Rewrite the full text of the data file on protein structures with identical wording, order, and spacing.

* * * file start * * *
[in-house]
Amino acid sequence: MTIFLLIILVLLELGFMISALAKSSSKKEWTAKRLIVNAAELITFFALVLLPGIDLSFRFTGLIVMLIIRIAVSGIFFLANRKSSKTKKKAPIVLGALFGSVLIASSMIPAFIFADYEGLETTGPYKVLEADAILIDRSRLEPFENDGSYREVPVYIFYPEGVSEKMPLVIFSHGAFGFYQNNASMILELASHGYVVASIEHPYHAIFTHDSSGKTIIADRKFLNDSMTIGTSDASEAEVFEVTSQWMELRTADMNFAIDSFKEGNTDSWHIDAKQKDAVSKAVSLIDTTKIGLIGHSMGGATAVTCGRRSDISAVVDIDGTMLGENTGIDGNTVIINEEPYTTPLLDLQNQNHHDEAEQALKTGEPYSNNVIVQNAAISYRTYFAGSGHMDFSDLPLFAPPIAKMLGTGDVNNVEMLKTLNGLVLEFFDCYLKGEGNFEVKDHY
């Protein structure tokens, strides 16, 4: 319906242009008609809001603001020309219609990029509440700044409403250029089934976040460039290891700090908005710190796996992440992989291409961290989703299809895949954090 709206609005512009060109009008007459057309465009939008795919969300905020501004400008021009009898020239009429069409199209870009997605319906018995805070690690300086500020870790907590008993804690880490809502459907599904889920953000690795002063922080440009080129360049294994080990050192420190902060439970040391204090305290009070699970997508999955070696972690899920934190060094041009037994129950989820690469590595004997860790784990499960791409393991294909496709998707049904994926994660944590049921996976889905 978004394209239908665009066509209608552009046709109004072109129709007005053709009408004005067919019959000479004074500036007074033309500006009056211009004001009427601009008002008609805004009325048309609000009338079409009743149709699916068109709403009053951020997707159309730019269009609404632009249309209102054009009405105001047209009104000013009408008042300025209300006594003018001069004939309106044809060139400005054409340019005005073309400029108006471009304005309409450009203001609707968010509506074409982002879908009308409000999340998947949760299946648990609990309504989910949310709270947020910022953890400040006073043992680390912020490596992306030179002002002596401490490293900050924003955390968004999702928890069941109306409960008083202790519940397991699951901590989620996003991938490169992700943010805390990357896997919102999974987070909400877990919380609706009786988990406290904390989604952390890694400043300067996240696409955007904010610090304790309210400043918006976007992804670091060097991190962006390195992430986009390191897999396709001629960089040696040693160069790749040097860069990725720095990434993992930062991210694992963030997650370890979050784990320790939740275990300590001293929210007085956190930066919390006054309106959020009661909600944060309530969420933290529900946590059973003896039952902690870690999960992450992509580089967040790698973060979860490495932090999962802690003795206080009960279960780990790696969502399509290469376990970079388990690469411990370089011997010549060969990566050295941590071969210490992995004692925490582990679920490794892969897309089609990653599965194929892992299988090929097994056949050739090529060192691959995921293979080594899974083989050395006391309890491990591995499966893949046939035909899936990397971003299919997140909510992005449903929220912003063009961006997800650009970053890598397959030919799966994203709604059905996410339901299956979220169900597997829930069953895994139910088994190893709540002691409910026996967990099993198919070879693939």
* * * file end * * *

[in-house]
Amino acid sequence: MTIFLLIILVLLELGFMISALAKSSSKKEWTAKRLIVNAAELITFFALVLLPGIDLSFRFTGLIVMLIIRIAVSGIFFLANRKSSKTKKKAPIVLGALFGSVLIASSMIPAFIFADYEGLETTGPYKVLEADAILIDRSRLEPFENDGSYREVPVYIFYPEGVSEKMPLVIFSHGAFGFYQNNASMILELASHGYVVASIEHPYHAIFTHDSSGKTIIADRKFLNDSMTIGTSDASEAEVFEVTSQWMELRTADMNFAIDSFKEGNTDSWHIDAKQKDAVSKAVSLIDTTKIGLIGHSMGGATAVTCGRRSDISAVVDIDGTMLGENTGIDGNTVIINEEPYTTPLLDLQNQNHHDEAEQALKTGEPYSNNVIVQNAAISYRTYFAGSGHMDFSDLPLFAPPIAKMLGTGDVNNVEMLKTLNGLVLEFFDCYLKGEGNFEVKDHY
């Protein structure tokens, strides 16, 4: 319906242009008609809001603001020309219609990029509440700044409403250029089934976040460039290891700090908005710190796996992440992989291409961290989703299809895949954090 709206609005512009060109009008007459057309465009939008795919969300905020501004400008021009009898020239009429069409199209870009997605319906018995805070690690300086500020870790907590008993804690880490809502459907599904889920953000690795002063922080440009080129360049294994080990050192420190902060439970040391204090305290009070699970997508999955070696972690899920934190060094041009037994129950989820690469590595004997860790784990499960791409393991294909496709998707049904994926994660944590049921996976889905 978004394209239908665009066509209608552009046709109004072109129709007005053709009408004005067919019959000479004074500036007074033309500006009056211009004001009427601009008002008609805004009325048309609000009338079409009743149709699916068109709403009053951020997707159309730019269009609404632009249309209102054009009405105001047209009104000013009408008042300025209300006594003018001069004939309106044809060139400005054409340019005005073309400029108006471009304005309409450009203001609707968010509506074409982002879908009308409000999340998947949760299946648990609990309504989910949310709270947020910022953890400040006073043992680390912020490596992306030179002002002596401490490293900050924003955390968004999702928890069941109306409960008083202790519940397991699951901590989620996003991938490169992700943010805390990357896997919102999974987070909400877990919380609706009786988990406290904390989604952390890694400043300067996240696409955007904010610090304790309210400043918006976007992804670091060097991190962006390195992430986009390191897999396709001629960089040696040693160069790749040097860069990725720095990434993992930062991210694992963030997650370890979050784990320790939740275990300590001293929210007085956190930066919390006054309106959020009661909600944060309530969420933290529900946590059973003896039952902690870690999960992450992509580089967040790698973060979860490495932090999962802690003795206080009960279960780990790696969502399509290469376990970079388990690469411990370089011997010549060969990566050295941590071969210490992995004692925490582990679920490794892969897309089609990653599965194929892992299988090929097994056949050739090529060192691959995921293979080594899974083989050395006391309890491990591995499966893949046939035909899936990397971003299919997140909510992005449903929220912003063009961006997800650009970053890598397959030919799966994203709604059905996410339901299956979220169900597997829930069953895994139910088994190893709540002691409910026996967990099993198919070879693939």